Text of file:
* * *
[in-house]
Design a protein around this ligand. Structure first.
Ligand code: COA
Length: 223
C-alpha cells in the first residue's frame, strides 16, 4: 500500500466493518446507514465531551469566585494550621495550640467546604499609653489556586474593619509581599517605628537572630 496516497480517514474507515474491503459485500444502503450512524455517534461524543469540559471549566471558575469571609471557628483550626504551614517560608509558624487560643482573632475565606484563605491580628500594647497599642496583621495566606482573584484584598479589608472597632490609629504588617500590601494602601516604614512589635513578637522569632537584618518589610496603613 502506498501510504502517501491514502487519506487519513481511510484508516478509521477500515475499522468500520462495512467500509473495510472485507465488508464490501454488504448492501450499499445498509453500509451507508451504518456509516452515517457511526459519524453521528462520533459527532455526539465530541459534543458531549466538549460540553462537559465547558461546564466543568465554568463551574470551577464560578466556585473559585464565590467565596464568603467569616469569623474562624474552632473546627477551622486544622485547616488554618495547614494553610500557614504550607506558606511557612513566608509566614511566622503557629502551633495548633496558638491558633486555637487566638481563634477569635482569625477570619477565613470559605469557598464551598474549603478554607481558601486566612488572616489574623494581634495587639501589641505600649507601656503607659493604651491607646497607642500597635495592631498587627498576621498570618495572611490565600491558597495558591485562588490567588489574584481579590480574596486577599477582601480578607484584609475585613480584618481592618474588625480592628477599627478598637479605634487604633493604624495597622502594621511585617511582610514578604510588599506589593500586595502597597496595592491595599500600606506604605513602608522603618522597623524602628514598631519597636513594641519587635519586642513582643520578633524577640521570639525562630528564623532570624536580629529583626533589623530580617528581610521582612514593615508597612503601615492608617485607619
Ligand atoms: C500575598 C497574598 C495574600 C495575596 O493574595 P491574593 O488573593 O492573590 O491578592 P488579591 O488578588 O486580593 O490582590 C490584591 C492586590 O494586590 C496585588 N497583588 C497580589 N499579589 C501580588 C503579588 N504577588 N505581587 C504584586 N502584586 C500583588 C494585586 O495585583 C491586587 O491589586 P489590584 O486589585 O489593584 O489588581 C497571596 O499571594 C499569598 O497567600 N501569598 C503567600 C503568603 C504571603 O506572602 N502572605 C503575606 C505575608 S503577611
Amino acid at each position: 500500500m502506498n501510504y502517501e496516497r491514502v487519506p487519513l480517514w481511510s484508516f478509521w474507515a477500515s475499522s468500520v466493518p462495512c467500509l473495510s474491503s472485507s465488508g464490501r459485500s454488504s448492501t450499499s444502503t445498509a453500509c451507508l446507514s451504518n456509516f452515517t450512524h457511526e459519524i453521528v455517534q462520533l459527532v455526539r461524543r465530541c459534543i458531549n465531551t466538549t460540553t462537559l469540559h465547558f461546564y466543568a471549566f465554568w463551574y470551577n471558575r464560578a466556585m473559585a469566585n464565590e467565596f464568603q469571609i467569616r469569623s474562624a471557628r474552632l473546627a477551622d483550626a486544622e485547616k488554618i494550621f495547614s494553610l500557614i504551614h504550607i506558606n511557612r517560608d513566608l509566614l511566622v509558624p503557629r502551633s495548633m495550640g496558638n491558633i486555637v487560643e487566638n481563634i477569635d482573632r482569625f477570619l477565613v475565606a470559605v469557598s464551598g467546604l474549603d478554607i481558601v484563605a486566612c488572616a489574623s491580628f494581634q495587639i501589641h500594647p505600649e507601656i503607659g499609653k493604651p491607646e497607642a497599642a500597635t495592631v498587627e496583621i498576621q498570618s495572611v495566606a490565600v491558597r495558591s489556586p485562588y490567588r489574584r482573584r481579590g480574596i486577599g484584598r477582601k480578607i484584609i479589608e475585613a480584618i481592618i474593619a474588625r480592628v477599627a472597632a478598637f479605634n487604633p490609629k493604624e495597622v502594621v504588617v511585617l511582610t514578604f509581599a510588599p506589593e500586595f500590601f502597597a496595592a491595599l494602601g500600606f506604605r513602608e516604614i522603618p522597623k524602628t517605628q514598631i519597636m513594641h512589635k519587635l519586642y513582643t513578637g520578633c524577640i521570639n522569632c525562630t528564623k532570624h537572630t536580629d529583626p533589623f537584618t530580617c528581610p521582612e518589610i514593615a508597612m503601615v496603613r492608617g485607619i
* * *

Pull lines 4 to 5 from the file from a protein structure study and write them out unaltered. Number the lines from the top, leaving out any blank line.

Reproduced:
Length: 223
C-alpha cells in the first residue's frame, strides 16, 4: 500500500466493518446507514465531551469566585494550621495550640467546604499609653489556586474593619509581599517605628537572630 496516497480517514474507515474491503459485500444502503450512524455517534461524543469540559471549566471558575469571609471557628483550626504551614517560608509558624487560643482573632475565606484563605491580628500594647497599642496583621495566606482573584484584598479589608472597632490609629504588617500590601494602601516604614512589635513578637522569632537584618518589610496603613 502506498501510504502517501491514502487519506487519513481511510484508516478509521477500515475499522468500520462495512467500509473495510472485507465488508464490501454488504448492501450499499445498509453500509451507508451504518456509516452515517457511526459519524453521528462520533459527532455526539465530541459534543458531549466538549460540553462537559465547558461546564466543568465554568463551574470551577464560578466556585473559585464565590467565596464568603467569616469569623474562624474552632473546627477551622486544622485547616488554618495547614494553610500557614504550607506558606511557612513566608509566614511566622503557629502551633495548633496558638491558633486555637487566638481563634477569635482569625477570619477565613470559605469557598464551598474549603478554607481558601486566612488572616489574623494581634495587639501589641505600649507601656503607659493604651491607646497607642500597635495592631498587627498576621498570618495572611490565600491558597495558591485562588490567588489574584481579590480574596486577599477582601480578607484584609475585613480584618481592618474588625480592628477599627478598637479605634487604633493604624495597622502594621511585617511582610514578604510588599506589593500586595502597597496595592491595599500600606506604605513602608522603618522597623524602628514598631519597636513594641519587635519586642513582643520578633524577640521570639525562630528564623532570624536580629529583626533589623530580617528581610521582612514593615508597612503601615492608617485607619